Are Chains the New Job Creators?



Are Chains the New Job Creators?

A declining rate of firm formation over the past three-and-a-half decades has brought with it a fall in job creation by new firms. Between 1978 and 2011, the contribution of new firms to employment at business establishments has fallen from 3.4 percent in 1978 to 2.0 percent.

Prior research has shown that new firms represent about half of new establishment job creation over the past 30 years. But the trends over time are different. The share of job creation coming from new firms has been shrinking, whereas the share coming from new establishments of existing businesses had been increasing until the Great Recession.

Existing businesses often open up new establishments when they need additional locations to serve markets. When a Walmart opens up a new location to serve a market it previously did not serve, it creates jobs by hiring employees to work in that new establishment.

Mark Schweitzer of the Federal Reserve Bank of Cleveland and Ian Hathaway of Ennsyte Economics, and I, analyzed the Census Bureau’s Business Dynamics database to examine what has happened to new establishment job creation over the past 35 years. We found that the decline in job creation by new companies has been offset by a rise in job creation at new establishments (locations at which business takes place) of existing businesses.

Our analysis shows that the rate of job creation from new firm formation declined from 4.01 in 1978 to 2.57 in 2007, while the rate of job creation from the creation of new establishments by existing companies increased from 2.29 in 1978 to 2.87 in 2007. (Both new the rate of job creation by new establishments of existing companies and the rate of new firm job creation declined from 2007 to 2009 during the Great Recession and have since recovered slightly.)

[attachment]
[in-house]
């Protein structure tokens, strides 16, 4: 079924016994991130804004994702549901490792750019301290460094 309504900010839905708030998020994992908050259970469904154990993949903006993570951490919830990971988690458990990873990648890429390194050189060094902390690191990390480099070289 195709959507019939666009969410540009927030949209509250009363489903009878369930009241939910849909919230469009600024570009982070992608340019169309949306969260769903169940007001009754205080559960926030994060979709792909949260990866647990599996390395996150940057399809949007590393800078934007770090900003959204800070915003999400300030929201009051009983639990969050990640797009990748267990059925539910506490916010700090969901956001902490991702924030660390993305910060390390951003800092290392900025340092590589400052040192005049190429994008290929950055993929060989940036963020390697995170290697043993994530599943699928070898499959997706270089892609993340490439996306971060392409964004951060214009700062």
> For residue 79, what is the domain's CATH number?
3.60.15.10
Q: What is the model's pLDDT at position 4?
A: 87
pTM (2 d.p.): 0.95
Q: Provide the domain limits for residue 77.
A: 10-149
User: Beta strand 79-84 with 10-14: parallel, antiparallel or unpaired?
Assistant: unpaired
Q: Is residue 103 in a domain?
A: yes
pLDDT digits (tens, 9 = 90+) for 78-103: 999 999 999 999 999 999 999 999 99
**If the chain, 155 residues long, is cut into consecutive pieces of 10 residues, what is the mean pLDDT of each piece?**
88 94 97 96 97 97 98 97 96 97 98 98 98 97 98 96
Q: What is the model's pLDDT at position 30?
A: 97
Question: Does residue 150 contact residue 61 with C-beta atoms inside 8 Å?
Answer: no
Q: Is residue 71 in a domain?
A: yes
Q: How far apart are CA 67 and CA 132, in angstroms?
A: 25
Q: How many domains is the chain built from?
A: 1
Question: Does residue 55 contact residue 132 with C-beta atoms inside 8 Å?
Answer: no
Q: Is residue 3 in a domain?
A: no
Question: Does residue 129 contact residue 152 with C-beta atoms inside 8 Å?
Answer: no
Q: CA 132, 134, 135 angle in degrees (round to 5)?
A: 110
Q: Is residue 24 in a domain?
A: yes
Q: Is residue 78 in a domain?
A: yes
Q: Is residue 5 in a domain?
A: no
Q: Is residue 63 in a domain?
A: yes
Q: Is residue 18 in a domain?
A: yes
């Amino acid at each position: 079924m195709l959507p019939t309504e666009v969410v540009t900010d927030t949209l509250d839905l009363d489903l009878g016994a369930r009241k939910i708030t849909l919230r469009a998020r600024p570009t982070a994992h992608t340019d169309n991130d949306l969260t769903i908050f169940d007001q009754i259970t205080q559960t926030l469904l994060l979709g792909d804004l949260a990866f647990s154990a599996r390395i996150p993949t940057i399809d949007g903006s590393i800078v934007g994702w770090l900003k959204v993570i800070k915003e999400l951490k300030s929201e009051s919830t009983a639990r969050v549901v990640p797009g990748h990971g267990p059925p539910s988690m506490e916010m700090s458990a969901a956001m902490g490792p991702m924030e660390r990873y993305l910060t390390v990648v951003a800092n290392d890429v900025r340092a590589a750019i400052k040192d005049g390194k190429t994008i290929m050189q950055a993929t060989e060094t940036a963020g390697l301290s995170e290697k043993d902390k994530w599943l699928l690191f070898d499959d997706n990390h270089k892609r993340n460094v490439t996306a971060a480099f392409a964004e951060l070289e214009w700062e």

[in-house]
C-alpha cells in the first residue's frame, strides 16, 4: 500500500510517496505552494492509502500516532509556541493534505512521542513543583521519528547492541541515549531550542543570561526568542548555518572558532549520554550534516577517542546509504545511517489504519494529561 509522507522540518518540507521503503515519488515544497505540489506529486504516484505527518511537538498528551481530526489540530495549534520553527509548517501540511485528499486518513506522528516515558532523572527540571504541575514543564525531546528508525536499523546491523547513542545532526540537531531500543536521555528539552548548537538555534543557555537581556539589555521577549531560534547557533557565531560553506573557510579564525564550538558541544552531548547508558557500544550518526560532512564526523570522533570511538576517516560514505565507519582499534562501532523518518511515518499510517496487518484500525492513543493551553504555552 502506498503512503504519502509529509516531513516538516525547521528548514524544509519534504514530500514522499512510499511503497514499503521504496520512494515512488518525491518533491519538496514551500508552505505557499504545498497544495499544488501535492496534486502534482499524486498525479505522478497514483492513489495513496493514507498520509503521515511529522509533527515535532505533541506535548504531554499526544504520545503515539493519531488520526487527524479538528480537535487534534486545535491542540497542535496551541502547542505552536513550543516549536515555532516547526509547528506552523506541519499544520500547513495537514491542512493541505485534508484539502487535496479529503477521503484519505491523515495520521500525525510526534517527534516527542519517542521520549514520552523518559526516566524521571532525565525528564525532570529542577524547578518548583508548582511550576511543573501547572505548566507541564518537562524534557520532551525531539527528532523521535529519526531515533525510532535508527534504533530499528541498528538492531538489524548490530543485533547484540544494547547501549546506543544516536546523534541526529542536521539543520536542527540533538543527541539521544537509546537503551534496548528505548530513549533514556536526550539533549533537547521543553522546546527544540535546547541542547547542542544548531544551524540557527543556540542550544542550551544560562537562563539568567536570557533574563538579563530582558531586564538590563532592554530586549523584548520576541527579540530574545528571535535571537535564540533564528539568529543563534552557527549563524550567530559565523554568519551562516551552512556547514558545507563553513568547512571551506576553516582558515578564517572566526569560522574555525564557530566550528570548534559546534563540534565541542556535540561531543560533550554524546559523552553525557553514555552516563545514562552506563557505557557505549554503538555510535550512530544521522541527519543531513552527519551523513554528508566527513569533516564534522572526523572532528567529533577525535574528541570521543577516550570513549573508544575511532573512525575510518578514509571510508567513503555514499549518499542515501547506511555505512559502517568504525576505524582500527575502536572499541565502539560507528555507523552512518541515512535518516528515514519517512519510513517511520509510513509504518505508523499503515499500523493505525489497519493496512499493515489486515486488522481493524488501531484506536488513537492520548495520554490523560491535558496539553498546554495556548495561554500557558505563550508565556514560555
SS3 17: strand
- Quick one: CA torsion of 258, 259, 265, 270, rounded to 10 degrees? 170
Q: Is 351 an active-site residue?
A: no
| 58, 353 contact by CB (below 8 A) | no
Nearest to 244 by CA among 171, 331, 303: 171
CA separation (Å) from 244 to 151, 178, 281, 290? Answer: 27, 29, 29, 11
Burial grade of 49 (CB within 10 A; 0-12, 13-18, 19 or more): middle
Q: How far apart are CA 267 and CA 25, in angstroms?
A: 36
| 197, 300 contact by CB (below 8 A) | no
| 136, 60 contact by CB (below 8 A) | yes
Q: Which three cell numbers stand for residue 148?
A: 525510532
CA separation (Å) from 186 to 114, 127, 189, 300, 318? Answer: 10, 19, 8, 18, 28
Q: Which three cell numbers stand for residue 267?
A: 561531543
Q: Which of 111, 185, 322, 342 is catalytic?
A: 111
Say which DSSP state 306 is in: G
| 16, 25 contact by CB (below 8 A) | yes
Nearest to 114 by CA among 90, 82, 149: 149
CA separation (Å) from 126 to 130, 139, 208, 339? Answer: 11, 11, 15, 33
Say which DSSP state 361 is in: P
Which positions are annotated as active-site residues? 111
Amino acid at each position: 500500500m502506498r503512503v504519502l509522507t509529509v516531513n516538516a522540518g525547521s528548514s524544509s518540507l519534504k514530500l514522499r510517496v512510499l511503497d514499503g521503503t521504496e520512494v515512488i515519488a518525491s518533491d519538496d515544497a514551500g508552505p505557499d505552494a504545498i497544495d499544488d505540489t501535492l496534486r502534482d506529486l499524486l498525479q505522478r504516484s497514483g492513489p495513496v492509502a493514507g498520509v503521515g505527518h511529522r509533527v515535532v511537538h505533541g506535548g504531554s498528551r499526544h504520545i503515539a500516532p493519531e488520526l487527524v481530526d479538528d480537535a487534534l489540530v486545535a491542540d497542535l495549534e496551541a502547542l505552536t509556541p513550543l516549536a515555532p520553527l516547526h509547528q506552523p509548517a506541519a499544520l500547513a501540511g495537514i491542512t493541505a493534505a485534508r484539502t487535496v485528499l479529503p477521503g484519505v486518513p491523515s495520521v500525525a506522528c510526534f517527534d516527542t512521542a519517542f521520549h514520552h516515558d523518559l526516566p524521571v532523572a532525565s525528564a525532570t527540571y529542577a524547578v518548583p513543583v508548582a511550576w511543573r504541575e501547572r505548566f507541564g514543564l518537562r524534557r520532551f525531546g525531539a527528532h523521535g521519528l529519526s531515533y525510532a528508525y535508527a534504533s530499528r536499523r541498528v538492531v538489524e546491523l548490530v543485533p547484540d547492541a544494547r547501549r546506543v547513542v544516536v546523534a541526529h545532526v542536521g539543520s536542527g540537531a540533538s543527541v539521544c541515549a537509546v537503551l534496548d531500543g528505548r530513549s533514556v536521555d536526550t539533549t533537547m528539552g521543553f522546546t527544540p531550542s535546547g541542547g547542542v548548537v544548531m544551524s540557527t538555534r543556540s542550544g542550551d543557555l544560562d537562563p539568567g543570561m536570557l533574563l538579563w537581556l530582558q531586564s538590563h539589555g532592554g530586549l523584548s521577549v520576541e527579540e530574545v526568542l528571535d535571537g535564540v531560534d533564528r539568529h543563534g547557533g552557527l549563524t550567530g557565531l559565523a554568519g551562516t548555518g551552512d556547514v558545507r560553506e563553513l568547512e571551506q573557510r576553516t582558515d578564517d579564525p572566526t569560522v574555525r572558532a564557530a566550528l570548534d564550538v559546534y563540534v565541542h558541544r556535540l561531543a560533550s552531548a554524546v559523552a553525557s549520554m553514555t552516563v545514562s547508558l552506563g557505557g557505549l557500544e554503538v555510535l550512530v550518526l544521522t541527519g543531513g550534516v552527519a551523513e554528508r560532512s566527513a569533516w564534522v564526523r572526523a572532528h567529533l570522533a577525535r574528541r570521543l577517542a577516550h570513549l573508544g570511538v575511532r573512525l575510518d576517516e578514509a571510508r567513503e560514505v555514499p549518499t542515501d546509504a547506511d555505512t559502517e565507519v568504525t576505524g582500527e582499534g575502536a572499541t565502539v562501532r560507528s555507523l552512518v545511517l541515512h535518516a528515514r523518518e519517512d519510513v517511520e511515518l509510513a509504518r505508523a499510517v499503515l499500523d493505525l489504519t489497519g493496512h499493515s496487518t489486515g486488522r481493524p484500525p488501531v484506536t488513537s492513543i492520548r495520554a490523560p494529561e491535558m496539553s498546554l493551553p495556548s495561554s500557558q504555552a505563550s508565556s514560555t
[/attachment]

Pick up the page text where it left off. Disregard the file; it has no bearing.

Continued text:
Neither the increase in job creation from new establishments of existing companies, nor the decline in job creation from new firm formation come from changes in the size of those establishments. Between 1978 and 2011, the average number of employees in a new outlet shrank from 21.48 to 13.90 people. Over the same period, the average number of employees per new firm increased from 5.40 employees in 1978 to 6.22 in 2011.

To give a sense of the magnitude of the changing sources of job creation, we estimated the number of new jobs that new firms would have created had they continued to generate jobs at the rate they did back in 1978 and the number of new jobs that new establishments of existing businesses would have created had they continued to generate jobs at the rate they did back in 1978. At the 1978 rate of new firm job creation, new firms would have produced an additional 2.39 million jobs in 2011. At the 1978 rate of new establishment of existing business job creation, these entities would have produced 828,000 fewer jobs in 2011.

The rising rate of job creation by new locations of existing businesses represents a shift in the source of new establishment job creation from independent entrepreneurs to existing businesses over the past three-plus decades.


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Scott Shane Scott Shane is A. Malachi Mixon III, Professor of Entrepreneurial Studies at Case Western Reserve University. He is the author of nine books, including Fool's Gold: The Truth Behind Angel Investing in America ; Illusions of Entrepreneurship: and The Costly Myths that Entrepreneurs, Investors, and Policy Makers Live By.

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  1. This is because chains are more stable than new businesses. Since chains are able to establish themselves in their mother branch, it is now easier to create another branch and hire more employees.

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